This Is the Only Way to Wash Fruit

Hint: You’ve been doing it wrong
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According to the CDC, foodborne illnesses affect nearly 46 million Americans each year, and cross-contamination is one of the most common causes for an outbreak.

 

Do you always wash your fruits before eating them? Be honest. It seems reasonable to dust off an apple in a hurry, and I bet you rarely think about scrubbing that cantaloupe before you slice it open.  According to the CDC, foodborne illnesses affect nearly 46 million Americans each year, and cross-contamination is one of the most common causes for an outbreak.

Click here for the 5 tips for washing fruit (slideshow).

Proper hygiene and handling of food in the kitchen can go a long way in protecting both you and your dinner guests from food poisoning. Still, not all contaminants can be washed off once they have made their way into your porous produce.

In any event, it never hurts to handle your raw fruit with care to ensure the safety of your friends and family, but cleaning it properly isn’t exactly as simple as it sounds. A debate involving the efficacy of tap water over vinegar has led to multiple studies being conducted to decide the absolute best way to wash your fruit.

The long and winding road that delivers your fruits from the field to the grocery store includes several points of potential contamination, which makes these five steps for washing fruit vital in ensuring your family ingests the nutrients and not the pesticides, insects, and pathogens lurking on that apple.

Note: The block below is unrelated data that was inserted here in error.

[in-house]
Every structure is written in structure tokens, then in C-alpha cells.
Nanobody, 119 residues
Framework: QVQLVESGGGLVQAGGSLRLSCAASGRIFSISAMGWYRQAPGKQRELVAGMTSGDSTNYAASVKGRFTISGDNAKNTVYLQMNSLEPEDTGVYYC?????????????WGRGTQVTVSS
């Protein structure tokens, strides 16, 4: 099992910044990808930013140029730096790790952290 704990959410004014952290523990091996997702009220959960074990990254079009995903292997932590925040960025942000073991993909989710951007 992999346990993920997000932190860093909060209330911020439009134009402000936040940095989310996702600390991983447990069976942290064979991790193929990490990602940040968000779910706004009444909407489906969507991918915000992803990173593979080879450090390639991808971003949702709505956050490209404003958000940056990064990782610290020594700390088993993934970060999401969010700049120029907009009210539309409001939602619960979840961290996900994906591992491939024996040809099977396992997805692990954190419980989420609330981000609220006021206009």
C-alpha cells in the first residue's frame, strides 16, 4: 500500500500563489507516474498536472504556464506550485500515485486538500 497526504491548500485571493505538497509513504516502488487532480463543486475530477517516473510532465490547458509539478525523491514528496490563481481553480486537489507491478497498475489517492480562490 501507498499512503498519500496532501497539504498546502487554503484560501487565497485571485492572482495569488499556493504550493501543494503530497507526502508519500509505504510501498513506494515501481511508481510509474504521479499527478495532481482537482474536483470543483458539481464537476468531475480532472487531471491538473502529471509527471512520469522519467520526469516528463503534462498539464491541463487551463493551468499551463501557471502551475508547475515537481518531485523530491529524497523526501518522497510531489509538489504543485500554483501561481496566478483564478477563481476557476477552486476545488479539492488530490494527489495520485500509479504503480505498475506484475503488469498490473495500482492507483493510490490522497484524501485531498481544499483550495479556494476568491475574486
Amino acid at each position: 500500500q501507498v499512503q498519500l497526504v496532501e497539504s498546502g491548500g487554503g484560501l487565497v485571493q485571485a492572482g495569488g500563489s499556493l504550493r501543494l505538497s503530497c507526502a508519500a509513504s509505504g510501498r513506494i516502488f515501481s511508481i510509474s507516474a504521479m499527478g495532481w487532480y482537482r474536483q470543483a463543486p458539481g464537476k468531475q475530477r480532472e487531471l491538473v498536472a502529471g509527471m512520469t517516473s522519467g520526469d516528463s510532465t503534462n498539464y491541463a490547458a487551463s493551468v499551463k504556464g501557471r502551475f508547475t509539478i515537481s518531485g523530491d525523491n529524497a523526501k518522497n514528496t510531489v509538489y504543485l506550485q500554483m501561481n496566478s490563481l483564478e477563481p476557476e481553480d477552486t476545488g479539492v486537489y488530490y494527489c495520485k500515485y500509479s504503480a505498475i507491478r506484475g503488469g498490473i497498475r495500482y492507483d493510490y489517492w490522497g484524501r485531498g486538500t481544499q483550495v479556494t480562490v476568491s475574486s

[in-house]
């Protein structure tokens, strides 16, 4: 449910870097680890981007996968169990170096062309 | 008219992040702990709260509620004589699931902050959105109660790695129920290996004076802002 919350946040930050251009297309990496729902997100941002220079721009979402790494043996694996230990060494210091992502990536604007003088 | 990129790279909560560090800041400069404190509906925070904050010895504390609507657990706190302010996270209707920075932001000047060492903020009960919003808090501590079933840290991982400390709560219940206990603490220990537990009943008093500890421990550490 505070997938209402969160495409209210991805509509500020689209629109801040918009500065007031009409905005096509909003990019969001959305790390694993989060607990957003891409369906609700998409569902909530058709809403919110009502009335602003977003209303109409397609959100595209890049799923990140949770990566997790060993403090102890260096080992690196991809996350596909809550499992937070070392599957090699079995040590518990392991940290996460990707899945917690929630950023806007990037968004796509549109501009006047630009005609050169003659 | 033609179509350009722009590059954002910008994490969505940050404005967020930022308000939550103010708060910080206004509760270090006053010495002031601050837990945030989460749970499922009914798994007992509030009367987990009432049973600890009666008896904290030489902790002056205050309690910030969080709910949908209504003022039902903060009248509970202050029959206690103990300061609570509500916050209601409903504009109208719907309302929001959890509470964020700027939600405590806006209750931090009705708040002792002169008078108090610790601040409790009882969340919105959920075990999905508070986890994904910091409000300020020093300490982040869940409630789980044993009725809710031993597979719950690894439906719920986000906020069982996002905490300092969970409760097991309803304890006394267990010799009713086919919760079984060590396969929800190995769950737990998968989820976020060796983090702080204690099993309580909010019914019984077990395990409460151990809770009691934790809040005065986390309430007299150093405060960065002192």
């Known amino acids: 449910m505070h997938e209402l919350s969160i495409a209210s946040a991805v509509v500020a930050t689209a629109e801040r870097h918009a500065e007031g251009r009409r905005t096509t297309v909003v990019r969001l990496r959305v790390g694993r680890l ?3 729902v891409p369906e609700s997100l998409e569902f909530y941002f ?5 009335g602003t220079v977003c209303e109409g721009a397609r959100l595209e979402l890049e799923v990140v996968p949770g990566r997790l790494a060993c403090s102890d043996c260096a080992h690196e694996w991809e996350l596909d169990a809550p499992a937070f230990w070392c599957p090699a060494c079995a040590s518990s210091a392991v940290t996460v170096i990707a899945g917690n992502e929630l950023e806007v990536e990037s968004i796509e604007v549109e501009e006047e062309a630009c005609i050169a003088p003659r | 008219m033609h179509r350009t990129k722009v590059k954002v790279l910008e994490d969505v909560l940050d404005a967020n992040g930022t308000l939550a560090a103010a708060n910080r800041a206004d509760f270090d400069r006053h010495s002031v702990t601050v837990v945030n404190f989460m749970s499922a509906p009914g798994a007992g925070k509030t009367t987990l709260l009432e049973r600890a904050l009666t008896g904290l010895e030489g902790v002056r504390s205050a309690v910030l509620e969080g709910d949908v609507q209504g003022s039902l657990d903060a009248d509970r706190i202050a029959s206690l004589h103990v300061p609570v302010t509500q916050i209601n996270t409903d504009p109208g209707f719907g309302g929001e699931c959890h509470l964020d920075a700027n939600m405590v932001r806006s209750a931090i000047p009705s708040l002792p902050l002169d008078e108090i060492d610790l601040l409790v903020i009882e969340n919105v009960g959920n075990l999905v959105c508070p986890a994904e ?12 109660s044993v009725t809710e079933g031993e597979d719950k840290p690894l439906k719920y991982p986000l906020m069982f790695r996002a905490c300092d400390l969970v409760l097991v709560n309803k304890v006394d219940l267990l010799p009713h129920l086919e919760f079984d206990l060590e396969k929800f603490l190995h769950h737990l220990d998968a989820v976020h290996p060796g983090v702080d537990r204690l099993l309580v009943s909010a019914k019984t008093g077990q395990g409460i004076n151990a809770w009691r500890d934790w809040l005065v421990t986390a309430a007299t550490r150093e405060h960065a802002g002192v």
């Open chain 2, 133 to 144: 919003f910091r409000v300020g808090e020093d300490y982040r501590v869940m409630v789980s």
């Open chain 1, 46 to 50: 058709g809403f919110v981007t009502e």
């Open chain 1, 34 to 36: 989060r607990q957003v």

Presoak Vegetables

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If you loathe the waxy exterior on fruits like apples and pears, pre-soak them in equal parts cold water and vinegar in a shallow tub or bowl for about 10 minutes. This technique will remove the artificial wax and any residual dirt so you can enjoy your fruit as Mother Nature intended.
 
Wash Under Clean Running Water

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A 2005 study that looked into different vegetable- and fruit-washing techniques concluded that thoroughly washing fruits under potable running water was effective in removing salmonella from the surface of the produce.

Angela Carlos is The Daily Meal’s Cook Editor. Follow her on Twitter @angelaccarlos.

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